The first day of a festival is an interesting thing. It’s a discovery day. The day you arrive, get settled, and, finally, when the gates open, follow the music. For many, the first day is the most exciting – a jumpstart to the weekend, a day heavy on local talent and buzz bands worthy of early arrival. For others, it might actually be the main event. But for of those in attendance at the Sasquatch! Music Festival on Friday, it all seemed to lead to one thing: a headlining spot from Macklemore and Ryan Lewis.
In truth, you couldn’t escape the draw of the Seattle-based duo even if you tried. Walking through the campground early Friday, you saw traces of their followers all over – tanks, tees and crews featuring the now infamous “Shark Face Gang” logo; homemade shirts boasting catchy phrases about poppin’ tags and wearing your grandpa’s clothes; groups of people finding their floor-length fur coats a worthy opponent to the afternoon rain.
You felt it most in the crowds gathering at the main stage. Amongst the drunk bodies spinning and swinging to ZZ Ward’s blues-y afternoon set, eyes darted through the crowd – plotting for the headlining act.
“He’s not on for another 3 ½ hours,” some lamented, as friends of friends murmured about which acts they’d have to sit through in order to secure the ideal spot.
While some hung on every primal scream and screeching guitar riff of Reignwolf’s set, others shifted nervously, peering at the rafters, where a large net holding white balloons barely hid the presence of dozens of shoes (Nikes?) hanging behind.
At the top of the hill, musical moments were in full force: Seattle emcee Nacho Picasso drew the largest crowd to the Cthulhu stage Friday afternoon, delivering his tough as nails rhymes to a field of rowdy, adoring hip-hop fans; Father John Misty’s always-entertaining delivery of stoner-friendly, hippy rock found swarms of people dancing in the afternoon rain; and Youth Lagoon’s trippy, electro-pop pulled passers-by toward the Yeti stage. But even those sets felt precursory – a series of opening acts.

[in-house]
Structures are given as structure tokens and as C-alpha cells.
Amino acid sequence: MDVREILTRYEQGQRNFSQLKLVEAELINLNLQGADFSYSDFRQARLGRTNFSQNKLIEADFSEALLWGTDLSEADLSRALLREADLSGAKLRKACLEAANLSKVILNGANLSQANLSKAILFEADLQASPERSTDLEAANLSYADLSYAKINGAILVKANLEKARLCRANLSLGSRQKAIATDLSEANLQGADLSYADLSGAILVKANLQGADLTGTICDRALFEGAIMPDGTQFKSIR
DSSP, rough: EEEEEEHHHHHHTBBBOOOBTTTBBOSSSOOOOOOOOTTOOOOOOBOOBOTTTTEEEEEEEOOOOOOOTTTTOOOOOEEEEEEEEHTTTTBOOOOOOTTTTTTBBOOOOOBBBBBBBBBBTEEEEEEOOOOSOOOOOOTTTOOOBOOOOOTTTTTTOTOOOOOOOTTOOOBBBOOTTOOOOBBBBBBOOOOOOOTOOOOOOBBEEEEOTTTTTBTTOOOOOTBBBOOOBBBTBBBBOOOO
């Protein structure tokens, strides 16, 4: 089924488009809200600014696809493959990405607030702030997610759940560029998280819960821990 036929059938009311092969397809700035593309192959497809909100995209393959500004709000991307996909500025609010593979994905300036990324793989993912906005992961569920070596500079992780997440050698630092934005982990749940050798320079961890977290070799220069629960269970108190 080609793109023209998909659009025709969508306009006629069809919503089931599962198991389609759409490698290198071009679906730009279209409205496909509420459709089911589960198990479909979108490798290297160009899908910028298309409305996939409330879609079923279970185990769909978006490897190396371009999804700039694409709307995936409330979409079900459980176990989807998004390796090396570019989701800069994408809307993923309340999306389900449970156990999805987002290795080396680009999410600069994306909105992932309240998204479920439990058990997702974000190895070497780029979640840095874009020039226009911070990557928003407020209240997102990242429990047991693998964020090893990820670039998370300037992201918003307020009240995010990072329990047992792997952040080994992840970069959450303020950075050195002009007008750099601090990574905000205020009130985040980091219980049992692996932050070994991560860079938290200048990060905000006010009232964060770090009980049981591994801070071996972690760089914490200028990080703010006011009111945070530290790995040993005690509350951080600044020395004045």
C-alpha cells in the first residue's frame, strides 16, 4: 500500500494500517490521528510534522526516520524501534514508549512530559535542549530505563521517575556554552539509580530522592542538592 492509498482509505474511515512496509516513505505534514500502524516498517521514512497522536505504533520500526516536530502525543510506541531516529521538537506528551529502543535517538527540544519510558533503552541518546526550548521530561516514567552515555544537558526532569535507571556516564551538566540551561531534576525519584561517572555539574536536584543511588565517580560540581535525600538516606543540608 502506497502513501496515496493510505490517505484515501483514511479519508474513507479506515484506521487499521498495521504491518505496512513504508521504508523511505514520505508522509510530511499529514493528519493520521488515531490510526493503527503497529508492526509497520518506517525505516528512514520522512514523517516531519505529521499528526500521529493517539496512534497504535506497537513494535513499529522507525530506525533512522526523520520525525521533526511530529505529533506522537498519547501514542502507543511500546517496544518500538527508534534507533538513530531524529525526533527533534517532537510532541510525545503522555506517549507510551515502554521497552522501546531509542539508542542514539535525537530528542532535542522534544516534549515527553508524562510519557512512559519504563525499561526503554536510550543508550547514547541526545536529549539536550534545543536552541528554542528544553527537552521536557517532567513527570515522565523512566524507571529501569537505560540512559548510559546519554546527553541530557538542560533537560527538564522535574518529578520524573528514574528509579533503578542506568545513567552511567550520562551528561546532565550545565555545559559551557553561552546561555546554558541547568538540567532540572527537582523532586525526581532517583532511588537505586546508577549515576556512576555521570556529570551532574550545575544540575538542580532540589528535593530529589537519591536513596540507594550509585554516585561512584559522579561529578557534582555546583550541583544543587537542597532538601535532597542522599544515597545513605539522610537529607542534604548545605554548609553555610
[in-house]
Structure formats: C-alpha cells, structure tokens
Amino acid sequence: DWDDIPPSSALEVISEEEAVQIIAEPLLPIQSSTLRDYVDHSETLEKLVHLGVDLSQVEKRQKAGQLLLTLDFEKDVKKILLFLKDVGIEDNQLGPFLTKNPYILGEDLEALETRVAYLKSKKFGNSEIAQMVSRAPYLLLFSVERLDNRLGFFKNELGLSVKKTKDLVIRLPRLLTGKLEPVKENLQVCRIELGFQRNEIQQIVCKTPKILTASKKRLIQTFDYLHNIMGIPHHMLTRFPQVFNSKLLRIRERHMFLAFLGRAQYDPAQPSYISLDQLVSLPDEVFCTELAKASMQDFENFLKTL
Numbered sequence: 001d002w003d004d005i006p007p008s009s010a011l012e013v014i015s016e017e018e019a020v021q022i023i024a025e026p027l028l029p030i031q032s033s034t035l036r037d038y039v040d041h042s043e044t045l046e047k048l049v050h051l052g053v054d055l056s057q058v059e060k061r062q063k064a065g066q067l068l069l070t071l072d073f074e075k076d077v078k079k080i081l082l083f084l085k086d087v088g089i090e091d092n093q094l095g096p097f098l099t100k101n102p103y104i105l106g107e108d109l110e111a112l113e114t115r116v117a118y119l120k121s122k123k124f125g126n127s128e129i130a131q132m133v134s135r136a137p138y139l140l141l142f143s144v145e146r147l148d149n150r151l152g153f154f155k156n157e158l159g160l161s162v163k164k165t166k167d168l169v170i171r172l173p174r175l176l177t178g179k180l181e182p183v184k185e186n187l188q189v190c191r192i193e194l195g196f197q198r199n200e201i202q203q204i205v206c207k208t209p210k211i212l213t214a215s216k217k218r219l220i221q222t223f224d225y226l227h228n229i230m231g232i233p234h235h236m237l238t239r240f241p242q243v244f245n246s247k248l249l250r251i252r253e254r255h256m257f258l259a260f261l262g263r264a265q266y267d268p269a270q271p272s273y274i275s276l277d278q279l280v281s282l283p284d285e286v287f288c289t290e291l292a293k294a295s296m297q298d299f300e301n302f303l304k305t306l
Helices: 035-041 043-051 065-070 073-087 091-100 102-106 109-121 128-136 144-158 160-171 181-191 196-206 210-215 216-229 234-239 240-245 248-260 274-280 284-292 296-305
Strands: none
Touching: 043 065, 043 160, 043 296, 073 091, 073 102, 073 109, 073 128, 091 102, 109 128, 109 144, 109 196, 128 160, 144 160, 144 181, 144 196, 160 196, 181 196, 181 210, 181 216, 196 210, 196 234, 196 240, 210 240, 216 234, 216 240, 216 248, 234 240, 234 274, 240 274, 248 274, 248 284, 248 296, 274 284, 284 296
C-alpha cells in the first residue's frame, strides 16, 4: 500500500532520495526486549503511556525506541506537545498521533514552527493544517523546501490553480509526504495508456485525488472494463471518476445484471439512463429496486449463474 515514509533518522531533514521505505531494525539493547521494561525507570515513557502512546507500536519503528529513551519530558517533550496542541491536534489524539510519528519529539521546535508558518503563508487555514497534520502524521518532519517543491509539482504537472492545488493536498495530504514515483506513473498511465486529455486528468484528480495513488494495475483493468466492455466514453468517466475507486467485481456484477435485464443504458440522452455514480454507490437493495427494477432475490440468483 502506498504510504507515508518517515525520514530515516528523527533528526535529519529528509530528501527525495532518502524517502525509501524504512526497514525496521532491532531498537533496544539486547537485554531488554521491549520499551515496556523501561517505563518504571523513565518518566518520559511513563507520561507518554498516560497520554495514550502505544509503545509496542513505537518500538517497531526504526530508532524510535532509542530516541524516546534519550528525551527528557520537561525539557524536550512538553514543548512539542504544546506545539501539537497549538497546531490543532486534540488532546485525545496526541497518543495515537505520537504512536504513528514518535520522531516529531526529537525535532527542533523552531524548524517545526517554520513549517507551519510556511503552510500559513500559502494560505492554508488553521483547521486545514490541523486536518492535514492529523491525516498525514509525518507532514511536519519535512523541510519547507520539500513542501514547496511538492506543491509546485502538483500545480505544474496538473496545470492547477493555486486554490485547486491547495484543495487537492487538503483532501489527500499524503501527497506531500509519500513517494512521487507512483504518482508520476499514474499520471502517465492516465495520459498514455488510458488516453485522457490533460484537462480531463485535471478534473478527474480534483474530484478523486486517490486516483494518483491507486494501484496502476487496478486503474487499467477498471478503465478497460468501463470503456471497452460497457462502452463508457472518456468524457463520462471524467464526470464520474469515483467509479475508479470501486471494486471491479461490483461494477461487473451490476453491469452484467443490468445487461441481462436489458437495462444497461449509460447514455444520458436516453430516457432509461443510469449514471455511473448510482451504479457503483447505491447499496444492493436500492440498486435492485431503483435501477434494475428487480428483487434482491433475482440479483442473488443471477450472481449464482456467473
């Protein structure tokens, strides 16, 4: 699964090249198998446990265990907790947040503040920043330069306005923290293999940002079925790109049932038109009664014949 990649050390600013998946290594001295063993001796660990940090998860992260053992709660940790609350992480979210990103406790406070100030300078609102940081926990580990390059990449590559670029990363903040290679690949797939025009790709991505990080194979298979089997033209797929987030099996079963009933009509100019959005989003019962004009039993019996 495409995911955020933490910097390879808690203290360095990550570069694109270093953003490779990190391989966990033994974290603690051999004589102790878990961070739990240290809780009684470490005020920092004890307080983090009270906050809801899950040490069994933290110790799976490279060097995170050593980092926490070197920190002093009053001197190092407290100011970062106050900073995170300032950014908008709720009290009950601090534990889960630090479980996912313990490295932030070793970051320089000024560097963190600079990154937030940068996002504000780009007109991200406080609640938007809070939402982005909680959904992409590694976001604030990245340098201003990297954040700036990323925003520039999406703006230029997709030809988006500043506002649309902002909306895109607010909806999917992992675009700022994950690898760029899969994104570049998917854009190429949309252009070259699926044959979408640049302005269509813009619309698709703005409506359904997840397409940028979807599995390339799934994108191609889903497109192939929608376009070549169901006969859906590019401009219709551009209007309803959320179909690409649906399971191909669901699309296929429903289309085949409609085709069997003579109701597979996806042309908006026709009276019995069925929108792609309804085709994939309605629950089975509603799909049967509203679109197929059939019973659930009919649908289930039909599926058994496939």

No matter where you wandered, an undercurrent of anticipation – a huge expectation of what was to unfold on the main stage that night – seemed to follow. And by the time 10:30 p.m. finally rolled around, the excitement had reached a fever pitch.
As thousands of festival goers filed into the main amphitheatre, many of whom had slipped away early from Vampire Weekend’s set at the Bigfoot stage, the scene was set. The light’s dimmed, the opening notes of “Ten Thousand Hours,” began, and the tour-de–force commenced.
“I’ve been working my whole life to play this stage at the Gorge,” Macklemore told the 20,000-plus fans before him, showing no restraint in how important this performance, this moment, this night, meant to him. What unfolded over the next two hours was a homecoming to the greatest extent.
The lights, the props, the visual cues were massive, providing an elaborate backdrop to Macklemore and Lewis’ explosive stage antics, which included standard bouts of stage diving and crowd-walking – and the addition of a blow-up boat the emcee threw into the waves of people.
The magnitude of it all built from one track to the next: When clips of Dave Niehaus and Capitol Hill sprawled across the screens. And when Macklemore, rocking his most impressive fur coat, brought Wanz to the stage to perform “Thrift Shop.” Even more so, when the Nikes dropped from the rafters in the shape of an “M” during “Wing$.” Or when Mary Lambert’s contribution to “Same Love” brought tears to every person within arm’s reach. As the confetti burst from cannons framing the stage, we’d reached the finale – a sparkly victory lap for the local guys done good.
Sure, Macklemore and Ryan Lewis’ headlining set proved the first of many main stage moments in the next few days. But it might have cemented itself as the spectacle to top.
Macklemore and Ryan Lewis Setlist:
Ten Thousand Hours
Life Is Cinema
My Oh My
Otherside (second verse, spoken)
Can’t Hold Us
And We Danced